Some of the old teachers who taught school at Five Corners years ago were: W. C. Bailey, Theodore B. Ferry and the late Mrs. M. L. Patterson who was Viola Hakens, Dick Packard, Isaac Pontius and Samuel Enyeart and Lewis Breece.
Where the Five Corners used to be now lives the Clayton Shaw and the Bruce Ogle families. These homes are very pretty and the farm land well attended. Everyhing is kept up in very good condition. If those who alreadfy have gone on would come back, they would still be proud of their "Five Corners," however they might not recognize the place.
[The News-Sentinel, Monday, August 17, 1931]

328 S. Clay Street
Nevada, Mo.
Sept. 10, 1931
Susan Skinner
Macy, Indiana

Dear Madam:
As I do not know whether you are a Mrs. or Miss, I do not use either title.
Through the courtesy of my nephew, Creamer Farry of Route 5, Rochester, Indiana, who lives near Talma, Indiana, I am in receipt of the Fisheries number of the Rochester New-Sentinel together with a clipping from the same paper of Aug. 17th, containing your write-up of the "Old Five Corners Community." Although you get one letter wrong in my name, I assure you I am glad to get your history of that place. It brings back memories of the long ago together with names of persons whom I have remembered all the time for the last 62 years whose faces I could remember but some of whose names had slipped from me.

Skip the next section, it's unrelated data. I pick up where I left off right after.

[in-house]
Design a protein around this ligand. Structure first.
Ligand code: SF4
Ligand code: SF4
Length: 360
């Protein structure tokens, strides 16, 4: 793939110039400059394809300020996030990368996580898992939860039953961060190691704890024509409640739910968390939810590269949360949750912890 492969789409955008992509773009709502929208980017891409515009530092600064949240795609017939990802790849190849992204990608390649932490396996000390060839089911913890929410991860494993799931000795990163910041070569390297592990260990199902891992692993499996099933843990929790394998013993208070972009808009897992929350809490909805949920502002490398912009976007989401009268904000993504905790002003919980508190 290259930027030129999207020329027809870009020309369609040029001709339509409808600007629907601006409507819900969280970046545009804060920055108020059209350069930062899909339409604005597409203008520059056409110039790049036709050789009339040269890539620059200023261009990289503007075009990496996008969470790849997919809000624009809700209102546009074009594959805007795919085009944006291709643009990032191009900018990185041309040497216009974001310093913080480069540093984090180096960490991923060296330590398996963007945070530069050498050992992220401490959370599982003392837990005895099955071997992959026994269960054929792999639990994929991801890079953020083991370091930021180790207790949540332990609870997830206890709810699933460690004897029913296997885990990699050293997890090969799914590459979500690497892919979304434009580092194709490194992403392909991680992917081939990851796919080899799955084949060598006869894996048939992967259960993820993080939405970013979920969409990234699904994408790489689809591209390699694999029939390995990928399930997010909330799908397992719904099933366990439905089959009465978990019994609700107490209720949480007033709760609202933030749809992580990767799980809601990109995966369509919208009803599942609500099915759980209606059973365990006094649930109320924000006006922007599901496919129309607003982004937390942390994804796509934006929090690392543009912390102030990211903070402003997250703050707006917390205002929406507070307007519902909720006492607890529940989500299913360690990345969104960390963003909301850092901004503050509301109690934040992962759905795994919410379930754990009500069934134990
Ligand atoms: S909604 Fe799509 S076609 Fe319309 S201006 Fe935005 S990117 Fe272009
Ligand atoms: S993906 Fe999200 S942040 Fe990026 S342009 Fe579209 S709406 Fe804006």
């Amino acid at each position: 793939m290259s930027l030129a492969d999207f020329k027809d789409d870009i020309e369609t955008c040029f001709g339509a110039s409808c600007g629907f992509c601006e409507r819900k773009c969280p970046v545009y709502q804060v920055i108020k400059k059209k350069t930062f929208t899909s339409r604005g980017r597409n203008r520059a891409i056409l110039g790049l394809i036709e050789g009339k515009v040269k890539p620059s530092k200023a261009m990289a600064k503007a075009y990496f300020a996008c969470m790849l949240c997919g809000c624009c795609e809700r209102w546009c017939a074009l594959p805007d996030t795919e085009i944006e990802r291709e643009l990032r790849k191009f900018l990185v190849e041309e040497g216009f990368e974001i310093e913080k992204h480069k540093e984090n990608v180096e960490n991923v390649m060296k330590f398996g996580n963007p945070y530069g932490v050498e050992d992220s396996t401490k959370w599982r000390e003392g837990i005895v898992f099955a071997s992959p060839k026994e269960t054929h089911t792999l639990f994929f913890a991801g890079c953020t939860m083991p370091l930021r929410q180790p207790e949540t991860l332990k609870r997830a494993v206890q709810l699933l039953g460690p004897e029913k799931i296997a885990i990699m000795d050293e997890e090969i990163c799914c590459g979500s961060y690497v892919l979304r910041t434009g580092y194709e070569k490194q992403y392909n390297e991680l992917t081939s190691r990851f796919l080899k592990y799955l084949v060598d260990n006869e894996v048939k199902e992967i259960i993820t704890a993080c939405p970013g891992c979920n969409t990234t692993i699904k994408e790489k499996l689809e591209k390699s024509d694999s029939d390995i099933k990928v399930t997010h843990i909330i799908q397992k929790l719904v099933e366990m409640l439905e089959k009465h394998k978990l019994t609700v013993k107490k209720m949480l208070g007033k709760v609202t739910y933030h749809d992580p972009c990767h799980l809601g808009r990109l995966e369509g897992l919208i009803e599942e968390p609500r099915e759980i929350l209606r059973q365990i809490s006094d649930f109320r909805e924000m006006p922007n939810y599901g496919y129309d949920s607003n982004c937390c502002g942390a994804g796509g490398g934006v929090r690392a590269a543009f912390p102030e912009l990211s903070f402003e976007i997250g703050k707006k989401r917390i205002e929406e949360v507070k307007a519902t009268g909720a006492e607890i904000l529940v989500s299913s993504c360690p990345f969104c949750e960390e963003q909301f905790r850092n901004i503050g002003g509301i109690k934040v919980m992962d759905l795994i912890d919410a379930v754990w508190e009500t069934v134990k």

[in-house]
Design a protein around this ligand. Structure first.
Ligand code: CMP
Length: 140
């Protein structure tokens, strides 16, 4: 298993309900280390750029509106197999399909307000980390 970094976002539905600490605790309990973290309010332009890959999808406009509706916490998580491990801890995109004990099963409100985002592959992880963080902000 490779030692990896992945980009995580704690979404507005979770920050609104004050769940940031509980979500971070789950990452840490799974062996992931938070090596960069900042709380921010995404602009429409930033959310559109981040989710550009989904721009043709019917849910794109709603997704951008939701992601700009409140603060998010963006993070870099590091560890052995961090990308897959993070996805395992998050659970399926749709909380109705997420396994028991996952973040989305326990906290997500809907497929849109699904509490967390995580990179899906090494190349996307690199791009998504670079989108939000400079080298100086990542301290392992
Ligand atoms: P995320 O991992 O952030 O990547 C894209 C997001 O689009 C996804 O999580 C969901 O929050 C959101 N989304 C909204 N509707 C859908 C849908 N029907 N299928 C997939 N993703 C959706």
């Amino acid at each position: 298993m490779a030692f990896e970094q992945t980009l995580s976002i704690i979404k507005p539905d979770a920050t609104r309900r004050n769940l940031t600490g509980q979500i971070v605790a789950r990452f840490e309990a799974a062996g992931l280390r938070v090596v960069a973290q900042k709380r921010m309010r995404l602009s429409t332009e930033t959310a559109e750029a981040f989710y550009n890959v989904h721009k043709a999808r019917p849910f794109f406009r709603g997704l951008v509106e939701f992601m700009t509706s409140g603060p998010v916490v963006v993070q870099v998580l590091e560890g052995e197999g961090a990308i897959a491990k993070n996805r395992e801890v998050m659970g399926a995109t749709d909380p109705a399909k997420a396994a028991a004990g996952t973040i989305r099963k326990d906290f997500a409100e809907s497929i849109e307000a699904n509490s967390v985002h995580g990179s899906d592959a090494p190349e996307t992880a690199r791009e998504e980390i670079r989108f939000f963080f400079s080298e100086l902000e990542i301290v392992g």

I have never forgotten the name nor the face of Uncle John Aydelott. I took charge of the Five Corners School in the fall of 1869 and boarded with the Rev. Adam H. Currie who lived in the old parsonage and was Pastor of the Five Corners Circuit. He was a red headed Scotch-Irish-Canadian; and had his Scotch-Irish brogue. He pronounced the word "good", "gode" which will give you a sample of his language. A fine man, good preacher and as true as steel. I have a book in my library now which was a present from him in my departure from his home in the spring of 1870.
The next year the Rev. R. J. Smith was the pastor there and I boarded with them during the school year. He was another good preacher.
You speak of having gotten your history from Frank M. Skinner ex-sheriff of Miami County. The first year I was at the Corners, a Frank Skinner entered the school there sometime after the beginning of school. The most bashful, timid boy I think I ever saw, as well as the brightest when he gained confidence in himself and his teacher. The first day he learned all the letters in the two sentences "Is it a cat?", "It is a cat," and went home at night and showed his Uncle and Aunt how he could read. He outstripped everything else that year in his grade.